Picturing the Century

Portfolio: Ansel Adams

Ansel Adams (1902-1984) is one of the most celebrated photographers of all time. His images of the American landscape, and especially those of the American West, are familiar to millions. Born and raised in San Francisco, Adams studied music as a youth with the hope of becoming a concert pianist. At age 14, while on a family vacation, he took his first snapshots of Yosemite National Park. From that time on, Adams was captivated by the idea of recording nature on film. While in his twenties, he abandoned his musical ambitions for a career in photography, working as a portrait and commercial photographer. By the 1930s he began to achieve success for his visionary yet highly detailed photographs of western landscapes, especially those taken in Yosemite National Park. Over the next decades, Adams continued to work as a photographer, staging exhibitions and writing several important books on photographic technique. He also became a champion of the conservation movement in the United States, speaking out for environmental concerns and serving on the board of directors of the Sierra Club. Today, Ansel Adams's photographs remain immensely popular, "conveying to millions," according to his biographer, "a vision of an ideal America where nature's grand scenes and gentle details live on in undiminished glory."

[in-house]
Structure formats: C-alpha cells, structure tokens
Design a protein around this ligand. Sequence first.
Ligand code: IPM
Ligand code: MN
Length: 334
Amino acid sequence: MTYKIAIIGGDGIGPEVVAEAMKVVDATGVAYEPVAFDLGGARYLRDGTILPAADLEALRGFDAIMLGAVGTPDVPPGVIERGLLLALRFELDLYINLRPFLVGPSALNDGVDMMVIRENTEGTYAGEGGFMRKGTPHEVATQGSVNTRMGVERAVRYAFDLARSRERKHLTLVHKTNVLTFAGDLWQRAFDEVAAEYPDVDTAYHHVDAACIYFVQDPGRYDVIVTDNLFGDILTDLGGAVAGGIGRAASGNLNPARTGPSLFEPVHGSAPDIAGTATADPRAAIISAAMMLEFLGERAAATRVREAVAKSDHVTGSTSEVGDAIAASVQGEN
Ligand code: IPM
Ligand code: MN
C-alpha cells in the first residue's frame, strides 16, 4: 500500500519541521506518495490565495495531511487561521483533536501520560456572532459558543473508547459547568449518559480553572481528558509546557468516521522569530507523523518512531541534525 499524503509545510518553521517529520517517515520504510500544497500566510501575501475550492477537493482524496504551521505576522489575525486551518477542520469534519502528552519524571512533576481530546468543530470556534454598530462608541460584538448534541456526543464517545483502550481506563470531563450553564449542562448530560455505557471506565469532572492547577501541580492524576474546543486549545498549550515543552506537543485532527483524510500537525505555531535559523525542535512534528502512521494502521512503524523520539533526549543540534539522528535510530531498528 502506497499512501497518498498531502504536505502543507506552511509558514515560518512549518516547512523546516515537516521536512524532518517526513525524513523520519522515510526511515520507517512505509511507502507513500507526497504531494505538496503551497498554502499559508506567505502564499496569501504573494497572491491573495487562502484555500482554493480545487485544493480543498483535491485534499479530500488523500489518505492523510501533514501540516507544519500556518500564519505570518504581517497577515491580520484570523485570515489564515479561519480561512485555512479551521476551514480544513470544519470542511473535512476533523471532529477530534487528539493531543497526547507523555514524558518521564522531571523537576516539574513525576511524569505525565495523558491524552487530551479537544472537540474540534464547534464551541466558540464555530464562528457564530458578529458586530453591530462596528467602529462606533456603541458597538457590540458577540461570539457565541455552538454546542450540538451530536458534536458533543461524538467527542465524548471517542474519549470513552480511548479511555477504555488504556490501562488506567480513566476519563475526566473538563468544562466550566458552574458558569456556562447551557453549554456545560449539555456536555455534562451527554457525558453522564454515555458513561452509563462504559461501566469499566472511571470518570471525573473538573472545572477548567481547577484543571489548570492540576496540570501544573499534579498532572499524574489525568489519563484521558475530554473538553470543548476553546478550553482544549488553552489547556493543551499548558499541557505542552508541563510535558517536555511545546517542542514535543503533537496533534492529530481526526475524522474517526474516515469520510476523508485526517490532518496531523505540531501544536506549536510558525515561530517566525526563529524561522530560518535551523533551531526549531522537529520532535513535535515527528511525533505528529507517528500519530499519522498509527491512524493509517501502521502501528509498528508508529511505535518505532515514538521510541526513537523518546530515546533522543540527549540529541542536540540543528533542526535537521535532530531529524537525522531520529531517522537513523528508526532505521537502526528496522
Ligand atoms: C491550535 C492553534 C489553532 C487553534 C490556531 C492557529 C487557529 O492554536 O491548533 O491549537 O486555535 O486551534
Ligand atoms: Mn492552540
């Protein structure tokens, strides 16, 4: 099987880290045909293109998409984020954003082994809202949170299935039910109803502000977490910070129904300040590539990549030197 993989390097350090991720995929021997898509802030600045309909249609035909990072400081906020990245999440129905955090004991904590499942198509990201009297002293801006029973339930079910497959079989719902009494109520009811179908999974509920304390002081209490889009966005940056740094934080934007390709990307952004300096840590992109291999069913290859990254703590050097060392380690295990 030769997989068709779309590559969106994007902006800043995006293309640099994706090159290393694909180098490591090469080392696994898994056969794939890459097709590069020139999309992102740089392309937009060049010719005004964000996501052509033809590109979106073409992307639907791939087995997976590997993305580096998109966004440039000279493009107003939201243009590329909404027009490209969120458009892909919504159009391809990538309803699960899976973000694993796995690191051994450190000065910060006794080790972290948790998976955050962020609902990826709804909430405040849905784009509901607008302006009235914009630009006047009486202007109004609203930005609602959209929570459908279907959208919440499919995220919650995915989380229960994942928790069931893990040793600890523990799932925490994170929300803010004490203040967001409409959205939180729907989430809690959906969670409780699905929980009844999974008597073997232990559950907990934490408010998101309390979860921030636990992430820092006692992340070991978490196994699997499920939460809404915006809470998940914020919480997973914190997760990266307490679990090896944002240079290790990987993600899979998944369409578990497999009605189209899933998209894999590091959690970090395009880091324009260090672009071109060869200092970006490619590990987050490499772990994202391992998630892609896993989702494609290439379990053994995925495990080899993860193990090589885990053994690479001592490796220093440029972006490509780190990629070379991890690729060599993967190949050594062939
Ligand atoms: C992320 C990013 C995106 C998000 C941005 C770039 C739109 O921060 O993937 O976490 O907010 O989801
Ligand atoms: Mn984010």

In 1941 Secretary of the Interior Harold Ickes asked Adams to take photographs of the American West for a series of murals to be installed in the Department of the Interior Building in Washington, DC. The murals were never completed, but 226 of Adams's signed original prints were later added to the National Archives holdings and can be found among the records of the National Park Service.

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